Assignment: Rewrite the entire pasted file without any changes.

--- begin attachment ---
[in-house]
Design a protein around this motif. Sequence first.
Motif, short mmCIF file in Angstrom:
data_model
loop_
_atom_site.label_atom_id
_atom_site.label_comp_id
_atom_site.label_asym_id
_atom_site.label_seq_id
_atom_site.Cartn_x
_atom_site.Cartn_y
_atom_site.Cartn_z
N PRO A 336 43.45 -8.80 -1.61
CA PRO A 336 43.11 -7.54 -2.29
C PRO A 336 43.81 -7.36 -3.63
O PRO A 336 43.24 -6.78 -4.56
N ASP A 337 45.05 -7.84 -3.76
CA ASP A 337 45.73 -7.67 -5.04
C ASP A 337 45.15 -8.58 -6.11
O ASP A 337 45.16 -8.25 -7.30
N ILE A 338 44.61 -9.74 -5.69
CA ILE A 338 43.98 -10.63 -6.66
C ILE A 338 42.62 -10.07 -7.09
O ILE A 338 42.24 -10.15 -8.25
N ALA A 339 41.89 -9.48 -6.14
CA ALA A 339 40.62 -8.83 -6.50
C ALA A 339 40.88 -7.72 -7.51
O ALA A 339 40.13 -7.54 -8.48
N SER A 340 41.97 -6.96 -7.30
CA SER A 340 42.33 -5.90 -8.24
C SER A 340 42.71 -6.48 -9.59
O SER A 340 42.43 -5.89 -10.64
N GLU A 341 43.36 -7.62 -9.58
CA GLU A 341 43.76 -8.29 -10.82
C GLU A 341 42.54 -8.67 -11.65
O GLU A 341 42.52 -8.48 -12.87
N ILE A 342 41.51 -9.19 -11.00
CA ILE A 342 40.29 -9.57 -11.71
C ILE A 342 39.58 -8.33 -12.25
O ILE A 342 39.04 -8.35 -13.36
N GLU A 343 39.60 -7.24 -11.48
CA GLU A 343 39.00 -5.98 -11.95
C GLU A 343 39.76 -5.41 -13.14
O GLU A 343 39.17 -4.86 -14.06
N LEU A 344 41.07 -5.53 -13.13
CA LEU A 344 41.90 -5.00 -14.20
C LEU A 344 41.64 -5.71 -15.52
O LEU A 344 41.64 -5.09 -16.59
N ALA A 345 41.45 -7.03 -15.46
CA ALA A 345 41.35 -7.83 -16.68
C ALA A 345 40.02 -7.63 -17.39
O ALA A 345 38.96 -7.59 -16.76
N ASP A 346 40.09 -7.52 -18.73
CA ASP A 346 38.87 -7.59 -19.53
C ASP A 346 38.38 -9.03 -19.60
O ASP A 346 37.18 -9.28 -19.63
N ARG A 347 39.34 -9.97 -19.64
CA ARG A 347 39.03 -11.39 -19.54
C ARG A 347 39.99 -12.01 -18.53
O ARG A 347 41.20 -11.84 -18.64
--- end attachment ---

[in-house]
Design a protein around this motif. Sequence first.
Motif, short mmCIF file in Angstrom:
data_model
loop_
_atom_site.label_atom_id
_atom_site.label_comp_id
_atom_site.label_asym_id
_atom_site.label_seq_id
_atom_site.Cartn_x
_atom_site.Cartn_y
_atom_site.Cartn_z
N PRO A 336 43.45 -8.80 -1.61
CA PRO A 336 43.11 -7.54 -2.29
C PRO A 336 43.81 -7.36 -3.63
O PRO A 336 43.24 -6.78 -4.56
N ASP A 337 45.05 -7.84 -3.76
CA ASP A 337 45.73 -7.67 -5.04
C ASP A 337 45.15 -8.58 -6.11
O ASP A 337 45.16 -8.25 -7.30
N ILE A 338 44.61 -9.74 -5.69
CA ILE A 338 43.98 -10.63 -6.66
C ILE A 338 42.62 -10.07 -7.09
O ILE A 338 42.24 -10.15 -8.25
N ALA A 339 41.89 -9.48 -6.14
CA ALA A 339 40.62 -8.83 -6.50
C ALA A 339 40.88 -7.72 -7.51
O ALA A 339 40.13 -7.54 -8.48
N SER A 340 41.97 -6.96 -7.30
CA SER A 340 42.33 -5.90 -8.24
C SER A 340 42.71 -6.48 -9.59
O SER A 340 42.43 -5.89 -10.64
N GLU A 341 43.36 -7.62 -9.58
CA GLU A 341 43.76 -8.29 -10.82
C GLU A 341 42.54 -8.67 -11.65
O GLU A 341 42.52 -8.48 -12.87
N ILE A 342 41.51 -9.19 -11.00
CA ILE A 342 40.29 -9.57 -11.71
C ILE A 342 39.58 -8.33 -12.25
O ILE A 342 39.04 -8.35 -13.36
N GLU A 343 39.60 -7.24 -11.48
CA GLU A 343 39.00 -5.98 -11.95
C GLU A 343 39.76 -5.41 -13.14
O GLU A 343 39.17 -4.86 -14.06
N LEU A 344 41.07 -5.53 -13.13
CA LEU A 344 41.90 -5.00 -14.20
C LEU A 344 41.64 -5.71 -15.52
O LEU A 344 41.64 -5.09 -16.59
N ALA A 345 41.45 -7.03 -15.46
CA ALA A 345 41.35 -7.83 -16.68
C ALA A 345 40.02 -7.63 -17.39
O ALA A 345 38.96 -7.59 -16.76
N ASP A 346 40.09 -7.52 -18.73
CA ASP A 346 38.87 -7.59 -19.53
C ASP A 346 38.38 -9.03 -19.60
O ASP A 346 37.18 -9.28 -19.63
N ARG A 347 39.34 -9.97 -19.64
CA ARG A 347 39.03 -11.39 -19.54
C ARG A 347 39.99 -12.01 -18.53
O ARG A 347 41.20 -11.84 -18.64